A social enterprise, much like any other startup, has to have its processes aligned in order to achieve scale and make an impact.
With over a billion people facing diverse issues, India has become a hotbed for social entrepreneurship. And while social enterprises go for the bottom-up approach, the future of their business also depends on their ability to scale.
With an estimated two million social enterprises, India has enough socio-economic challenges that require attention, and investors are coming forward to help scale innovation in the social sector. However, according to a survey by Entrepreneurial India, 90 percent of Indian startups fail within the first five years. And the most common reason for failure is lack of innovation.
A majority of venture capitalists surveyed also believe that Indian startups lack new technologies or unique business models. And this extends to social enterprises too. So what should social entrepreneurs do to broaden their scale while still looking at creating impact? At Villgro’s Unconvention event held recently, Mukesh Sharma Co-founder and Managing Director at Menterra Ventures, and Sudha Srinivasan, CEO of N/Core, shared their insights in a panel called ‘Build to Scale with Process and Systems’.
Sudha pointed out the need for organisations that take a stab at solving problems differently.
“India does not need anymore NGOs as it already has around half a million such organisations where most are dysfunctional or shell companies, and not started for the right reasons. We believe that there are ideas that have the potential to be disruptors and that’s what inspired us to set up our incubator for nonprofits.”
The Bengaluru-based N/Core is investing in early-stage non-profits through a seed grant, mentorship, and support network. It has so far invested in 27 new social enterprises and pays attention to the organisation’s values when exploring organisations to invest in.
“In the startup phase you need to be clear of your values. An entrepreneur needs to understand how to go about solving a problem: is killing yourself over it worth it, or should you experiment and fail fast or try out several new things and see which one works,” Sudha added.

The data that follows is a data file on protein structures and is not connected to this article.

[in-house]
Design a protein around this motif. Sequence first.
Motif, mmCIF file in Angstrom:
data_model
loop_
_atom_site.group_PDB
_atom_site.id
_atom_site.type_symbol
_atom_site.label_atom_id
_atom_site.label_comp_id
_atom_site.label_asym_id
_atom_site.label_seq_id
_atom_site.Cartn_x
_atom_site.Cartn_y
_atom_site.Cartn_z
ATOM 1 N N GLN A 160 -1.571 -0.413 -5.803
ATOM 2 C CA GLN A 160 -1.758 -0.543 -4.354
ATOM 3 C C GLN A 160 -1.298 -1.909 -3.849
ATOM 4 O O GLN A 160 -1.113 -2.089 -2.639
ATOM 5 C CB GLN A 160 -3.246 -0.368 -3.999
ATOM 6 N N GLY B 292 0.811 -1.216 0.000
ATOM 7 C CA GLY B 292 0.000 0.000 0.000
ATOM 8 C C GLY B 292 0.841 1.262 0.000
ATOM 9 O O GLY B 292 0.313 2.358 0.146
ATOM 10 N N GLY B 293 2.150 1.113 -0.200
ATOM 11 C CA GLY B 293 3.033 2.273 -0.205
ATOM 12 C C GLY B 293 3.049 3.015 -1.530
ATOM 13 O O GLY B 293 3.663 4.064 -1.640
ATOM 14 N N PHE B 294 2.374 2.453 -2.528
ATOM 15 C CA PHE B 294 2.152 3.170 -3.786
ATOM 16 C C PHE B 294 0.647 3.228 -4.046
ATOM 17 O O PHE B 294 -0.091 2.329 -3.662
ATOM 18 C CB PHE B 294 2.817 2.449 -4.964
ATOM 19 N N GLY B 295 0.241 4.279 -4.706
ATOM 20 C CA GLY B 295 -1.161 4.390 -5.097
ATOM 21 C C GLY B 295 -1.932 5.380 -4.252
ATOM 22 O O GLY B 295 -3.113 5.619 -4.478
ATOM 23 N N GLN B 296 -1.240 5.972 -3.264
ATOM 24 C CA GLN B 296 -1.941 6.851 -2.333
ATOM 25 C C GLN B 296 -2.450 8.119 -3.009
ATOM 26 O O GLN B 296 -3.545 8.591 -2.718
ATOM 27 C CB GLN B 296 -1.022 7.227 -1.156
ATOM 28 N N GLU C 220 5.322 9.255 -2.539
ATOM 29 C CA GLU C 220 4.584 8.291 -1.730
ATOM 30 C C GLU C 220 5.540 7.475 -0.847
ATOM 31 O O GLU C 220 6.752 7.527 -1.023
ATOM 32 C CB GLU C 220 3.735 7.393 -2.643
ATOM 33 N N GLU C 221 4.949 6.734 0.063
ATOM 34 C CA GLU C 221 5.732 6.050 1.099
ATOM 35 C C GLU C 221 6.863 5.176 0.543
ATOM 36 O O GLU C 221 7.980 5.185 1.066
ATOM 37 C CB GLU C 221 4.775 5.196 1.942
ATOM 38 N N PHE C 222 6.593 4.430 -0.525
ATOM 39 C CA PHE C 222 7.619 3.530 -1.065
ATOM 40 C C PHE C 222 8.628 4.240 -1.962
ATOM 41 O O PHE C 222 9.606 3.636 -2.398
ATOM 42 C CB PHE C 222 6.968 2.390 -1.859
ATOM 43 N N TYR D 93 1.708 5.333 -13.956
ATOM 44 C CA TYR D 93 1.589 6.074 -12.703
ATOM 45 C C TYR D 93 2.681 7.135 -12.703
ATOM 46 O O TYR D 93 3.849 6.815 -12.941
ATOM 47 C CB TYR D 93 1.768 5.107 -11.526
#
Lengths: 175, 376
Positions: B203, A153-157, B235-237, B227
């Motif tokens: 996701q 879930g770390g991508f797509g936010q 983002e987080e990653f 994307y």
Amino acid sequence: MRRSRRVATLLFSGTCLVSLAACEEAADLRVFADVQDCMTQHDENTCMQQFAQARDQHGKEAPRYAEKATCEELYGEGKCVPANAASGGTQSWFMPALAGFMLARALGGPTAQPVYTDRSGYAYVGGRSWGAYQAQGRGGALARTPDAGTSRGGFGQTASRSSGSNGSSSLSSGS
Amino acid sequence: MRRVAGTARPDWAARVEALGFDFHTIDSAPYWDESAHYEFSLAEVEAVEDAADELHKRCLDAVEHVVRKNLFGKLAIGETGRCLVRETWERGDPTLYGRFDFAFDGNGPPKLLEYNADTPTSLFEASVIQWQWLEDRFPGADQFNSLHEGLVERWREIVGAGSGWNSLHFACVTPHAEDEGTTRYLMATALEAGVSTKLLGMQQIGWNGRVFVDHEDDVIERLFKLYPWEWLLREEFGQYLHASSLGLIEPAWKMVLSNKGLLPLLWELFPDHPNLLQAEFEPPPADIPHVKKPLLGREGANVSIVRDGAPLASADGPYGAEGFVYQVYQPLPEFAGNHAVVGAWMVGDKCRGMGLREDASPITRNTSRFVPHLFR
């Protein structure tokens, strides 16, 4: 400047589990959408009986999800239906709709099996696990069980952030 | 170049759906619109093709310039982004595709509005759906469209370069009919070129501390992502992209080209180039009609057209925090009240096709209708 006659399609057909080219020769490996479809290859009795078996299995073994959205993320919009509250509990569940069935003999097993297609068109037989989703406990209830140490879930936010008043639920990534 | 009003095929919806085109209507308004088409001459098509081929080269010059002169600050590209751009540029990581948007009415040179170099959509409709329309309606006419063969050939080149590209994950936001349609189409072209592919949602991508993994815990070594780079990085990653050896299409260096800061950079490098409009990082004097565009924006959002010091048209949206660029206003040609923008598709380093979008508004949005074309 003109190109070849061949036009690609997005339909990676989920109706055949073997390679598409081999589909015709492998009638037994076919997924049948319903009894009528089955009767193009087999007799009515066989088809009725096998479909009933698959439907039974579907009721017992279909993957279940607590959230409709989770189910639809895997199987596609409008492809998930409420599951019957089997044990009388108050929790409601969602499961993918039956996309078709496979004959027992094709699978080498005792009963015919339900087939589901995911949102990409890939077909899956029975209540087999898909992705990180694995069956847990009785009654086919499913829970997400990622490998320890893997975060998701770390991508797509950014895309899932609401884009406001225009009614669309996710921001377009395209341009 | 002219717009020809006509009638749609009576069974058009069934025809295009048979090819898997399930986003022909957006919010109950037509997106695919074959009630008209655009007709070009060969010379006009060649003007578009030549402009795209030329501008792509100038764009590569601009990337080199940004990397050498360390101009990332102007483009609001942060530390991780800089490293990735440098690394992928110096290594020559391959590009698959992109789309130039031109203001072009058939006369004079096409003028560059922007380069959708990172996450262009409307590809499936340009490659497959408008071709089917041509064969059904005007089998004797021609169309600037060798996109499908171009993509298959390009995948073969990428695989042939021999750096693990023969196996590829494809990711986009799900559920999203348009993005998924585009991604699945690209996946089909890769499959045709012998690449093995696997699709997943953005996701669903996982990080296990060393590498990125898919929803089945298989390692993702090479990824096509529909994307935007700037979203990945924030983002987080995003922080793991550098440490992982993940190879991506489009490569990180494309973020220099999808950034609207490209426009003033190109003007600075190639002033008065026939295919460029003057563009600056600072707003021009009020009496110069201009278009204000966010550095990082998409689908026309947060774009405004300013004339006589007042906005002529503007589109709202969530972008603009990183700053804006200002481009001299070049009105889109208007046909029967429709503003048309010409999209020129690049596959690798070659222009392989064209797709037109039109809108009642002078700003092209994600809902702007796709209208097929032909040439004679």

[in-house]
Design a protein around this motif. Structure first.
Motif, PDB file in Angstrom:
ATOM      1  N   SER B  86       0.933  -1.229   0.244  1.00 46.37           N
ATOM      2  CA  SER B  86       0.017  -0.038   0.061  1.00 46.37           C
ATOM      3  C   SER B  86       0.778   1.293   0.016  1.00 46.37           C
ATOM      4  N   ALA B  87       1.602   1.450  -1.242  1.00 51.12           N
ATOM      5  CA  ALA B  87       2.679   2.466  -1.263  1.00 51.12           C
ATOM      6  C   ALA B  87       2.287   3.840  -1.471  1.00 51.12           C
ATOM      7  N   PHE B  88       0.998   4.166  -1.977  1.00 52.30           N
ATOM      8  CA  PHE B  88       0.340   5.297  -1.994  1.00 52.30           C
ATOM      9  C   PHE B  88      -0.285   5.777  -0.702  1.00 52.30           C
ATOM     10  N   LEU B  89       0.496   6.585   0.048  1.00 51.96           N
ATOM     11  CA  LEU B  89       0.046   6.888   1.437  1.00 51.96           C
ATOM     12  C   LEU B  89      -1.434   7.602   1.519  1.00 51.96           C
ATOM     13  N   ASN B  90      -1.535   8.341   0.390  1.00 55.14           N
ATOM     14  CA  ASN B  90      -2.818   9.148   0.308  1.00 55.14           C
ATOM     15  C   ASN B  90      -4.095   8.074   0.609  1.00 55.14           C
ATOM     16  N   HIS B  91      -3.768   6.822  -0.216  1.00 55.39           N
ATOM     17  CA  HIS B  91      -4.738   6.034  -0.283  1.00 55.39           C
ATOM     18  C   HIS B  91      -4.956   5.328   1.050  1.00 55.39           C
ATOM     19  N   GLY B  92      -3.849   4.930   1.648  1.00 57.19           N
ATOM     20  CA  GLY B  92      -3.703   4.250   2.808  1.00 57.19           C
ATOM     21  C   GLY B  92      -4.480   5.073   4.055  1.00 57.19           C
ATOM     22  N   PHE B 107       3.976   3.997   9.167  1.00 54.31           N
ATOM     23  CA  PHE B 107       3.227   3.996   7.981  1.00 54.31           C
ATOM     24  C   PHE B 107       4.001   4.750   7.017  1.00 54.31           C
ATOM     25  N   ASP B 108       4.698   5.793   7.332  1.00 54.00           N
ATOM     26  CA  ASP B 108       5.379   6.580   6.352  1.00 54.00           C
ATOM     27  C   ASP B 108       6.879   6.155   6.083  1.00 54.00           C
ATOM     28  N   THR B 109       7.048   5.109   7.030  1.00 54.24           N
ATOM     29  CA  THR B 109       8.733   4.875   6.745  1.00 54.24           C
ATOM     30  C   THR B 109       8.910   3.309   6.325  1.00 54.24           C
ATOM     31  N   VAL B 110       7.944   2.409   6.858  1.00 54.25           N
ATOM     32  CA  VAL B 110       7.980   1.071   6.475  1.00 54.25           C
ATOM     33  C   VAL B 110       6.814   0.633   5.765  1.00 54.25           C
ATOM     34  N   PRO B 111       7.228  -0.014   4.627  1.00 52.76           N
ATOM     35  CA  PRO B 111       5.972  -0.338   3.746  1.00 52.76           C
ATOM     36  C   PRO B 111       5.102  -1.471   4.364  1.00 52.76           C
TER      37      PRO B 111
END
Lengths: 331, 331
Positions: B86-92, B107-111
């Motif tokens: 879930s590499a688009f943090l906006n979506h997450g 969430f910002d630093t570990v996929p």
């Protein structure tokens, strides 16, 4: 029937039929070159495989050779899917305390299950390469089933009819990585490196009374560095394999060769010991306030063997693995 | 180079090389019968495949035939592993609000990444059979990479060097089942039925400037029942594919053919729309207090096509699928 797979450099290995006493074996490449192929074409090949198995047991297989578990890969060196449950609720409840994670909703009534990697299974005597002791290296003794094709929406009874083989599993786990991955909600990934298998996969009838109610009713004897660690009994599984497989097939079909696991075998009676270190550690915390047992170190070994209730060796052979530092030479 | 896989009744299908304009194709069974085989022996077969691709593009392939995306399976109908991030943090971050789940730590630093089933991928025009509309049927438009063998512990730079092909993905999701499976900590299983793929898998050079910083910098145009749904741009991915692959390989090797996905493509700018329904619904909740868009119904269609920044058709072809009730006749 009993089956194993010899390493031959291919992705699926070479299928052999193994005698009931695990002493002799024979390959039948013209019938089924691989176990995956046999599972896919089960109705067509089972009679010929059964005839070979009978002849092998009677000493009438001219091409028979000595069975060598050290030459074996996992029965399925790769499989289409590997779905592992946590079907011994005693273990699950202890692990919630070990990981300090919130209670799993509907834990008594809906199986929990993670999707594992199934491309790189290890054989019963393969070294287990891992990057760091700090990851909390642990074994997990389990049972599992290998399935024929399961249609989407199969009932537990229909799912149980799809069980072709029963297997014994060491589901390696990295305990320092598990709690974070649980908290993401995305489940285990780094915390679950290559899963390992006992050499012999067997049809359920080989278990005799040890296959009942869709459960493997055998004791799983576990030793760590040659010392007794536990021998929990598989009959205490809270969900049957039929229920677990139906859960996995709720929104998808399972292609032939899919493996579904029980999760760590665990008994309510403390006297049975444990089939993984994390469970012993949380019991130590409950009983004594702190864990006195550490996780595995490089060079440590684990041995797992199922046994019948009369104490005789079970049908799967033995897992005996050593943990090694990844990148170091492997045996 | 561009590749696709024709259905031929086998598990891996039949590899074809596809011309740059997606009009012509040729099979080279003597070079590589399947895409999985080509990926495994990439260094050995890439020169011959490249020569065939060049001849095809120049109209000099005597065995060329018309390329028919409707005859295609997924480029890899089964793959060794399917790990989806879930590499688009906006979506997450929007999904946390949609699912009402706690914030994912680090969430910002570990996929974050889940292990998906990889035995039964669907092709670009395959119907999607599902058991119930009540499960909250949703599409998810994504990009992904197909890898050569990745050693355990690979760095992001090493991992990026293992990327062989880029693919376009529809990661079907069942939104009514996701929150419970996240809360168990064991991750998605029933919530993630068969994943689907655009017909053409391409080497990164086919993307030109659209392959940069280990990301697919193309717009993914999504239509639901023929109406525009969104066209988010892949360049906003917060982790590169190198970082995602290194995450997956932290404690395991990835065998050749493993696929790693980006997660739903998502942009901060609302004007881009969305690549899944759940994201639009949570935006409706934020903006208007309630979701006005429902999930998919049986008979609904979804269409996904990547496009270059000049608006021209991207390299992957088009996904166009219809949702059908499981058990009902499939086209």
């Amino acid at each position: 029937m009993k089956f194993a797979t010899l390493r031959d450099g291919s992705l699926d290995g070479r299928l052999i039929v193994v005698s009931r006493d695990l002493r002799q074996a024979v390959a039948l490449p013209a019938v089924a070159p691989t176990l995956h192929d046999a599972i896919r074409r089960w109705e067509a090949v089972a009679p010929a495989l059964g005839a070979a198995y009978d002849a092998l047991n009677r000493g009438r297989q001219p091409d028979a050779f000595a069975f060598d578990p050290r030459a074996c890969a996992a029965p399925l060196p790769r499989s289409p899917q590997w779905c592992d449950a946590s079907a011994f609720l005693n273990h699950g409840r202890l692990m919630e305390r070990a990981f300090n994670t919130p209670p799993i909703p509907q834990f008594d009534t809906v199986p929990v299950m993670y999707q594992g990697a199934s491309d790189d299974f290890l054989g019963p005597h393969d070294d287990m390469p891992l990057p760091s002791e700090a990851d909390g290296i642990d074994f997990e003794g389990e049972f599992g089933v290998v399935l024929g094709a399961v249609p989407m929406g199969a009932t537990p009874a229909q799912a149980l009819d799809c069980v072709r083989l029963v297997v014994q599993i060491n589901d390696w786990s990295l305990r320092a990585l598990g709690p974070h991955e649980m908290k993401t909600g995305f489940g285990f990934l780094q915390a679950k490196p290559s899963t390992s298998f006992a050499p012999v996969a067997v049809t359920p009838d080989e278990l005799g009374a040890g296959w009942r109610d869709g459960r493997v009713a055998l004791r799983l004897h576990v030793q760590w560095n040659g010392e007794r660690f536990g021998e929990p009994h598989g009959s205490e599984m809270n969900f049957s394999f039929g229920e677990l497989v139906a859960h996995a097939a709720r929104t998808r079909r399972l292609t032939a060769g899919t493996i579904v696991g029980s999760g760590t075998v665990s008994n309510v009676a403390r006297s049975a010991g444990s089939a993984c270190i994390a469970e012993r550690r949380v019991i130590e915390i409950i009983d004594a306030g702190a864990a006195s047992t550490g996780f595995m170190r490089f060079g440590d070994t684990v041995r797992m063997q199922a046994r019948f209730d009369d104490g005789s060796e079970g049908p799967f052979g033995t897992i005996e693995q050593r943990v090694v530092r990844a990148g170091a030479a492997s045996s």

Mukesh exhorted the need for a strong company culture to steer the business forward. Chiefs may come and go, management and employees may change, but the organisation should be steadfast on its core culture and values.
Bengaluru-based Menterra Ventures primarily focuses on education, healthcare, skill development, and agriculture, and looks especially at the decision-making ability of the founders.
“The biggest impediment for a startup is to move from gut-based decision making to making decisions based on data. Most times, entrepreneurs don’t tend to have such discipline in their team initially, and when they scale big they fail to understand the target audience and the different geographies they now serve,” Mukesh added.
He also stressed on the importance of getting the unit economics right from the beginning and adjusting it along the way as the business grows. When you are building your budget, you need to involve people with different backgrounds in the process.
Sudha advised social enterprises to ensure that every service offered was productised and ready for scale. “Any service has to be productised throughout the world, or else you will need people from around the world to solve problems right from innovation,” she said. .”
A social enterprise can, therefore, achieve scale, but only by getting its key ingredients right: revenue model, team, flexibility, ability to collaborate and partner, cost-effective deployment of resources, clear understanding of the market, technology adoption and right attitude towards product/service iterations.
Also read: 100 speakers, 600 delegates, Rs 3.5 Cr in investment: meet the social entrepreneurs at Villgro Unconvention
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- Venture capital
- small-and-medium-sized enterprises
- Social Enterprises
- Menterra Ventures
- social enterprenurship